So if I look a little disheveled it’s because
my wife called me—I’m at the grocery store; it’s Sunday night—she told me that there
is a leak in our kitchen ceiling. There’s water coming out of the recess light. So I’m
going to go home, I’m going to drive home, and I’m going to show you how to fix this.
Most likely it’s a pinhole leak, so I’m going to show you how to fix a pinhole leak
in a copper pipe. And it’s easier when you have the supplies already at your house. So
I’m going to share with you the supplies that I have on-hand—it’s kind of like
an emergency plumbing kit—and I think you should have it. So I’m going to drive home,
set things up, and show you how to fix a leaking copper pipe. Let’s get to it.
All right, as you can see here I put a little hole in the ceiling so I can see exactly where
the water was coming out. Now you also want to check to see where it’s mushy before
you drill that hole. And then you can saw with a drywall saw, like I’m doing here,
a tiny little square or rectangle up in the ceiling and look for exactly where the leak
is coming from. So that’s what I did. I thought that I spotted it. And then I cut
out a bigger hole to be able to access that pipe and work on it. So that’s kind of the
general way in which you want to spot the location of the leak.
Now in my case, the copper pipe was leaking right where it was going through the joist.
No fun, but I’ve done this several times before. It’s an easy fix. After you spot
the leak, you want to turn the water off to the house and then flush the system at the
lowest point. In this case, it was the laundry tub. So I’m going to flush the hot and cold
lines. Now I’m going to be using SharkBite fittings.
This is a ½” x ½” coupling. And it’s going to be helping me to splice the copper
pipe with a piece of PEX. So here’s a ½” PEX. I just need to make sure that the end
of it is square. Now I like using an autocut tool to cut the
copper pipe. As you can see here, I’m just twisting it in the direction of the arrow
that’s on the autocut tool. Then what I’m going to do is, once I get a nice cut and
I slice the copper in half, I’m going to drain the rest of the lines into that plastic
bowl. Now this is a SharkBite removal tool. Because
I already have some SharkBite fittings up in the ceiling, I’m going to slide this
onto the pipe and push it against the SharkBite fitting and then pull the pipe out of the
SharkBite itself. So that’s why I’m using that tool. And you can do the exact same thing.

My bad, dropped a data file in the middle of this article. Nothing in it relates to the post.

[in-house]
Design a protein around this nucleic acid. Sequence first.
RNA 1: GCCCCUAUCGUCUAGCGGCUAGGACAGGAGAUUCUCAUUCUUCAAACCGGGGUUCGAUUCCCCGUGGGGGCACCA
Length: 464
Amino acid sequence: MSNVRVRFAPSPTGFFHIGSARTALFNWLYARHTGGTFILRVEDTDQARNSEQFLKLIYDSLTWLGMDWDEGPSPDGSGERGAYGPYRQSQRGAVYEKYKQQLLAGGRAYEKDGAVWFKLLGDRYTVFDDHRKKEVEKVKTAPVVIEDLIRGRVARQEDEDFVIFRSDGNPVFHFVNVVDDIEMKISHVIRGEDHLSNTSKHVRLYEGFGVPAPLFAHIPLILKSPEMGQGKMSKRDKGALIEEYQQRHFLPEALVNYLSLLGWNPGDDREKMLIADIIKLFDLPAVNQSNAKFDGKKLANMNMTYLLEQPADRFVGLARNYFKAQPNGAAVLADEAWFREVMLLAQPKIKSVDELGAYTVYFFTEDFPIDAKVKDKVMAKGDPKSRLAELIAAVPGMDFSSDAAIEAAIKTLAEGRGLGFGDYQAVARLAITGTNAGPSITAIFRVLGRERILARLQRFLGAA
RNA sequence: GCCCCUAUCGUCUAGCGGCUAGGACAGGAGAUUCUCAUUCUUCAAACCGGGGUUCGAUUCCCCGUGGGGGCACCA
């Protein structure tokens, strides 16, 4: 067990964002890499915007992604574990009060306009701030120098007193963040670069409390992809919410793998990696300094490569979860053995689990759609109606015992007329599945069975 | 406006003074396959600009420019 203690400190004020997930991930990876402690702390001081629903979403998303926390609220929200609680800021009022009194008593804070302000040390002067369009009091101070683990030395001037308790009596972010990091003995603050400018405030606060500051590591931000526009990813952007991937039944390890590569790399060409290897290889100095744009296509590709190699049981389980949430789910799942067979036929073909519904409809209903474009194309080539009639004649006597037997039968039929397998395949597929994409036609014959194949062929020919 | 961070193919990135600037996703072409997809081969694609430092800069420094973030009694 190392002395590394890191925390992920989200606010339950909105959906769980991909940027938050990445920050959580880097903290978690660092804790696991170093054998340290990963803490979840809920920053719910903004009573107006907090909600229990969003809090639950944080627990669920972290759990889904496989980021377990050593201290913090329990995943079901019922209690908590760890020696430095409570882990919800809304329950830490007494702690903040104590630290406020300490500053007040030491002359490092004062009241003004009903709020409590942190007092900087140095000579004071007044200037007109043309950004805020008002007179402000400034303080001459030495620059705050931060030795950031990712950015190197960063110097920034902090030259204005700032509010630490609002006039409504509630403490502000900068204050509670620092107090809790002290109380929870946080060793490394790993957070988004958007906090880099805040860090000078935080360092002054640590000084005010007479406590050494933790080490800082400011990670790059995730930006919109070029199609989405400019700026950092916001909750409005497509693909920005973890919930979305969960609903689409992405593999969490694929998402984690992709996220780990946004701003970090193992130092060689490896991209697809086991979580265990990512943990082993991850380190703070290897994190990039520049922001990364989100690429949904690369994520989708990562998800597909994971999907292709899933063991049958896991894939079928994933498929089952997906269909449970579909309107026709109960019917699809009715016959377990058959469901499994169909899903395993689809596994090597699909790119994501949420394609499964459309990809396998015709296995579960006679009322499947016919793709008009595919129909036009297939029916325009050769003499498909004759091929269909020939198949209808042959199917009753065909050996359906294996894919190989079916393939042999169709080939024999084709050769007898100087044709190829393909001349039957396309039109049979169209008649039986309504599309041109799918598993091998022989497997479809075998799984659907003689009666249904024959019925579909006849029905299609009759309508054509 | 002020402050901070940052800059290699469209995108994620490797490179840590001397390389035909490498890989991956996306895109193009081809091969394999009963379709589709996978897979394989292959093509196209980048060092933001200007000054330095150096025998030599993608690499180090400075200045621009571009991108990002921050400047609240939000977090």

Now to the left of my stubby thumb here, you’re going to see a black dot. That is the source
of the pinhole leak. We’ve been having a lot of these in our house—probably 5 or
6. And if I were to replace the copper pipe, I’d use Type L because it’s a little bit
thicker wall than the type of copper pipe that I have up in the ceiling—just a bit
thicker. So if you’re going to be doing that, this
is a deburring tool on my RIDGID No. 15 pipe cutter. You want to deburr your copper pipe
like so because when you cut it, it’s going to have a little depression in it, and you
might have some copper shavings on the surface or inside of the copper pipe. You just want
to smooth it out using emery cloth. So deburr it, and then smooth it out using emery cloth.
Now this little orange tool is a SharkBite tool. You slide it on to the end of your copper
pipe or your PEX pipe, and you make a mark 1” in from the end. You can also use a measuring
tape. But I had the tool, and I used it. Then you slide on your SharkBite fitting up to
that mark that you made on it. And that’s how you know that the SharkBite is on the
entire way. Now to cut and make square the PEX pipe, I’m
using this Milwaukee pipe cutting tool—worked like a dream. And it squares off the edge
of the PEX piping. Now I just made a mark 1” in from the edge again using my SharkBite
tool. Now I know how far in the SharkBite needs to go.
So in this case, this is the pipe up in the ceiling. I’m going to make a mark on it
with a SharkBite tool. As you can see I made the mark there. Then I’m going to deburr